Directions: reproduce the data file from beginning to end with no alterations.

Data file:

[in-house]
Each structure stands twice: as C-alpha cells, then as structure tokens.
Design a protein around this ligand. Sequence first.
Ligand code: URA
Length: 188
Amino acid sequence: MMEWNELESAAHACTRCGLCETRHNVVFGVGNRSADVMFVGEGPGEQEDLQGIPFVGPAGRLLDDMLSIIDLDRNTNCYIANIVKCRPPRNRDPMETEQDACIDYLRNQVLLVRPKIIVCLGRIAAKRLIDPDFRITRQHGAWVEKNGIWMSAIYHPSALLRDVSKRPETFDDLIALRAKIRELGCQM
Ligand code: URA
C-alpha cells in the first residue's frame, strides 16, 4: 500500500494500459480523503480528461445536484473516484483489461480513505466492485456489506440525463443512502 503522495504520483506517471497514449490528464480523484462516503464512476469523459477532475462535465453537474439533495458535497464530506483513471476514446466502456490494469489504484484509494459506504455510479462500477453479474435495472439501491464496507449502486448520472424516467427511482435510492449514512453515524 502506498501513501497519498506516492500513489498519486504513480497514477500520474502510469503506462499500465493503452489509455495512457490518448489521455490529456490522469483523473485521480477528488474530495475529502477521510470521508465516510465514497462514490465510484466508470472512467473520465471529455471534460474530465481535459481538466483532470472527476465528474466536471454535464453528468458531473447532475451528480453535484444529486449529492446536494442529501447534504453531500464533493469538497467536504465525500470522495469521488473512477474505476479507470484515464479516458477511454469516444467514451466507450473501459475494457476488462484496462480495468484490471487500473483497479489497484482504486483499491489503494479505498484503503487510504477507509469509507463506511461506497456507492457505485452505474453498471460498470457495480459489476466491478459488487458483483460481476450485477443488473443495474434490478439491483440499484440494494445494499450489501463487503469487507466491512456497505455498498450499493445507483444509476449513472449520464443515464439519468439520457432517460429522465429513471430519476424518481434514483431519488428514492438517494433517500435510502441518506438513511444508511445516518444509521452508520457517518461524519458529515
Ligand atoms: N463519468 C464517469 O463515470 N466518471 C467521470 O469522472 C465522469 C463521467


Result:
[in-house]
Each structure stands twice: as C-alpha cells, then as structure tokens.
Design a protein around this ligand. Sequence first.
Ligand code: URA
Length: 188
Amino acid sequence: MMEWNELESAAHACTRCGLCETRHNVVFGVGNRSADVMFVGEGPGEQEDLQGIPFVGPAGRLLDDMLSIIDLDRNTNCYIANIVKCRPPRNRDPMETEQDACIDYLRNQVLLVRPKIIVCLGRIAAKRLIDPDFRITRQHGAWVEKNGIWMSAIYHPSALLRDVSKRPETFDDLIALRAKIRELGCQM
Ligand code: URA
C-alpha cells in the first residue's frame, strides 16, 4: 500500500494500459480523503480528461445536484473516484483489461480513505466492485456489506440525463443512502 503522495504520483506517471497514449490528464480523484462516503464512476469523459477532475462535465453537474439533495458535497464530506483513471476514446466502456490494469489504484484509494459506504455510479462500477453479474435495472439501491464496507449502486448520472424516467427511482435510492449514512453515524 502506498501513501497519498506516492500513489498519486504513480497514477500520474502510469503506462499500465493503452489509455495512457490518448489521455490529456490522469483523473485521480477528488474530495475529502477521510470521508465516510465514497462514490465510484466508470472512467473520465471529455471534460474530465481535459481538466483532470472527476465528474466536471454535464453528468458531473447532475451528480453535484444529486449529492446536494442529501447534504453531500464533493469538497467536504465525500470522495469521488473512477474505476479507470484515464479516458477511454469516444467514451466507450473501459475494457476488462484496462480495468484490471487500473483497479489497484482504486483499491489503494479505498484503503487510504477507509469509507463506511461506497456507492457505485452505474453498471460498470457495480459489476466491478459488487458483483460481476450485477443488473443495474434490478439491483440499484440494494445494499450489501463487503469487507466491512456497505455498498450499493445507483444509476449513472449520464443515464439519468439520457432517460429522465429513471430519476424518481434514483431519488428514492438517494433517500435510502441518506438513511444508511445516518444509521452508520457517518461524519458529515
Ligand atoms: N463519468 C464517469 O463515470 N466518471 C467521470 O469522472 C465522469 C463521467